Last spring, tour and travel industry professionals throughout the world took notice when Waverly Labs in New York announced that it planned to have a real-time language interpretation device available in the second half of 2017. Since that time, updates from Waverly has been most about the start-up’s progress in raising funding and in advance sales of its device, called Pilot, which will use ear buds. The latest report indicates that more than 21,000 units had been sold at $249 per unit.
While the industry waits, however, Google has expanded the capacity of its visual translation service. The company recently announced a new translation feature that will make it easier for travelers who don’t speak the language to go on a trip to a Japanese-speaking destination.
Google Word Lens—a service available through Google Translate on Android and iOS devices—allows you to point your phone’s camera at text, and it’ll show the translation on the screen in real time.
According to Masakazu Seno, a software engineer for Google Translate, “The Google Translate app already lets you snap a photo of Japanese text and get a translation for it in English … but it’s a whole lot more convenient if you can just point your camera and instantly translate text on the go.”
It is interesting that, when Andrew Ochoa, founder of Waverly Labs, discussed Pilot last spring with Forbes magazine, he made specific reference to the Japan market, telling the publication, “We don’t want to make any promises or references that this is incredibly real-time or that we could give you an earpiece and drop you off in the middle of Tokyo. That is not what we’re trying to convey at all.”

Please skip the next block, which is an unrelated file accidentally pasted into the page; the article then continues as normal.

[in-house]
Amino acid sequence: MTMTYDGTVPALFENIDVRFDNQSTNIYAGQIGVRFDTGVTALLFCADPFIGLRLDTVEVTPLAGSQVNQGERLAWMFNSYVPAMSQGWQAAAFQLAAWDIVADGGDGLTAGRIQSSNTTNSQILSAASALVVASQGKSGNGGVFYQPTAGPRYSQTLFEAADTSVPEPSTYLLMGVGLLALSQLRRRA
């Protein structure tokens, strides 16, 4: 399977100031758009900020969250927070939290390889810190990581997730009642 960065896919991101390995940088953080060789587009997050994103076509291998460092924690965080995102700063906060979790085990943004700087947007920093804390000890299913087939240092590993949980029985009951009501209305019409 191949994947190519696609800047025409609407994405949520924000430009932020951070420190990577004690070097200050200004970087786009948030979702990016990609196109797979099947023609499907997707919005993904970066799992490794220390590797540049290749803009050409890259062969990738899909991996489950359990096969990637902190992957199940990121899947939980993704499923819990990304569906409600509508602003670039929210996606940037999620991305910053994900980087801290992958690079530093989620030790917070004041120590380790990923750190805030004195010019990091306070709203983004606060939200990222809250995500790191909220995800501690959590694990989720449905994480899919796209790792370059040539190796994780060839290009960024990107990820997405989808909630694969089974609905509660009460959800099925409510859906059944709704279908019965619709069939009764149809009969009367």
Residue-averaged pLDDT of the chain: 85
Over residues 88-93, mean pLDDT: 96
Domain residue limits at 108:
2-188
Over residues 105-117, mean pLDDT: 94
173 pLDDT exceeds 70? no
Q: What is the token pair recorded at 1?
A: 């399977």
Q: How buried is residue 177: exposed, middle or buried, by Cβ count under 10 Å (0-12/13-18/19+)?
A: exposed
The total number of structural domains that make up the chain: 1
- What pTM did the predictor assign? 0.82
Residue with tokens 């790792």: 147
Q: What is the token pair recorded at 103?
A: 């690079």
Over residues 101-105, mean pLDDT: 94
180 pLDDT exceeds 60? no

The Google app already offers translation for hundreds of languages, and the most recent addition to the live translation, Japanese, also works offline, so users don’t need to have a Wi-Fi connection to use it. But they will need to download a file for each language they would like to translate. For any languages that aren’t included in the live functionality, users can still take a photo of the text in the app and highlight what they want translated.
The initial version of Waverly’s real-time spoken translation, when available, is supposed to be support some European languages (English, Spanish, French, Italian), with others to be added. So far, funding has not been a problem for Waverly, which reports that it has raise $4 million via Indiegogo, the San Francisco-based crowdfunding website.
For those wishing to find out more about Waverly Labs and its Pilot, visit www.waverlylabs.com.
Also, a good background piece on Waverly and the Pilot can be found at: